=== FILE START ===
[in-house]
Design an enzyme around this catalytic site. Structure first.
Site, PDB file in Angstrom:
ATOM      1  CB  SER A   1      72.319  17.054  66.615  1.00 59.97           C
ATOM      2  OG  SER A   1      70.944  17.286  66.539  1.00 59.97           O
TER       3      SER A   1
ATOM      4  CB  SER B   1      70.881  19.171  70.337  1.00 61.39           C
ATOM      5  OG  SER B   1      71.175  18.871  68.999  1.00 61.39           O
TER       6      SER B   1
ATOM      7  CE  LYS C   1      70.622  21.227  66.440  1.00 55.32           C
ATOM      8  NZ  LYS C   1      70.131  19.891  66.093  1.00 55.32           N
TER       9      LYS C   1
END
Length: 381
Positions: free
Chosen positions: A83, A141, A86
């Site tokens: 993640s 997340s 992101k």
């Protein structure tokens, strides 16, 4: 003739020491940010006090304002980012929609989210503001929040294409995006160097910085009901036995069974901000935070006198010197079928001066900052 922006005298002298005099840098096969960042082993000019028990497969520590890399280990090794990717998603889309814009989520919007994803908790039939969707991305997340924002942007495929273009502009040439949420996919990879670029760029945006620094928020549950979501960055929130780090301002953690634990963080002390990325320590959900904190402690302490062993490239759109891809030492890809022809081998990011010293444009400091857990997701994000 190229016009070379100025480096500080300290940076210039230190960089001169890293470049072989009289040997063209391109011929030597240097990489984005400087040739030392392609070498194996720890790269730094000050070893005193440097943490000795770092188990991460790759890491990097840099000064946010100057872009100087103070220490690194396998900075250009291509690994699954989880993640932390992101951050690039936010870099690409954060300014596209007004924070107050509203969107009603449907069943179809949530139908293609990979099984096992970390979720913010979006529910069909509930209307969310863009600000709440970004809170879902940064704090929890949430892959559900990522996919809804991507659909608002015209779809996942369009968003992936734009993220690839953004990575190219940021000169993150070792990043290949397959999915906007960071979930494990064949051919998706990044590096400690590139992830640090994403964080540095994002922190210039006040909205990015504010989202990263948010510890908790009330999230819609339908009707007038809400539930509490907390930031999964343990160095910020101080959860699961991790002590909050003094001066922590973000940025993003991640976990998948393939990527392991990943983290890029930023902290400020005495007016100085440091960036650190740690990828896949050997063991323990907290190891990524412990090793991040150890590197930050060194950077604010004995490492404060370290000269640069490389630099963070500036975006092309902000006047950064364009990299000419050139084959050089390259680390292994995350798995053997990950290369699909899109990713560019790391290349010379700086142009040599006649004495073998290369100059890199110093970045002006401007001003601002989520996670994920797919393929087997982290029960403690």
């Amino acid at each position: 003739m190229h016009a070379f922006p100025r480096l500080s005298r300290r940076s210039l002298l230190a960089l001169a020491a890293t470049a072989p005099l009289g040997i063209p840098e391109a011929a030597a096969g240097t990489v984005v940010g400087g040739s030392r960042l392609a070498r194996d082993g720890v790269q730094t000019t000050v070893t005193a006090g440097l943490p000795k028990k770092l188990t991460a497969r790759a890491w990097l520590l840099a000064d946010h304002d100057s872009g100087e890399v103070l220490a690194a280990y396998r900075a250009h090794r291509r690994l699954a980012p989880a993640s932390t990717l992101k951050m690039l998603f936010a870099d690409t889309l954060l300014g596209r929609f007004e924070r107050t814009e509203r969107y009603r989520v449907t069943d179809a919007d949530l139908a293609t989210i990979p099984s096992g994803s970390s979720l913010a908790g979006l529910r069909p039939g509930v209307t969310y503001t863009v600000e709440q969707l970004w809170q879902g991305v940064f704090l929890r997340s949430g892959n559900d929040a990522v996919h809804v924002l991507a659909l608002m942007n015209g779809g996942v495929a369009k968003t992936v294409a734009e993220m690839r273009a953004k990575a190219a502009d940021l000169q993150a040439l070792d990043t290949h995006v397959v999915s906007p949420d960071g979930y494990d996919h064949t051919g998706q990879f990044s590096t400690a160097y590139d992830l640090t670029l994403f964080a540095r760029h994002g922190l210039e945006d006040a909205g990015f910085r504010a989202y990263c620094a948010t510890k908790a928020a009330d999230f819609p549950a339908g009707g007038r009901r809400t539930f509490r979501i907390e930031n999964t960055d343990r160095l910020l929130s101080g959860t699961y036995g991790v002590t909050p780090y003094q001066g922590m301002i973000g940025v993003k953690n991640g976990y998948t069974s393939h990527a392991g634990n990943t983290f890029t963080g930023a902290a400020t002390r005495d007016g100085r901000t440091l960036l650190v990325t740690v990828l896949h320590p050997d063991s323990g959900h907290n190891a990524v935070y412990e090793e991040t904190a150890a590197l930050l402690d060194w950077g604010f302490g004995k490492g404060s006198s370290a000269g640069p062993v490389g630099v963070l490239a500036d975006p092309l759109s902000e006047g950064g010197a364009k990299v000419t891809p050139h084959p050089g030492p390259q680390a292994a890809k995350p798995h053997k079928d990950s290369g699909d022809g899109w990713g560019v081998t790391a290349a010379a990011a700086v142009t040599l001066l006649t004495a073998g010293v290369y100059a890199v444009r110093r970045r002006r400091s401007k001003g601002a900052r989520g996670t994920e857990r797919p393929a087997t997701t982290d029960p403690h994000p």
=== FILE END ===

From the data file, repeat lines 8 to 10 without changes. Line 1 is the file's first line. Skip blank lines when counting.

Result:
ATOM      5  OG  SER B   1      71.175  18.871  68.999  1.00 61.39           O
TER       6      SER B   1
ATOM      7  CE  LYS C   1      70.622  21.227  66.440  1.00 55.32           C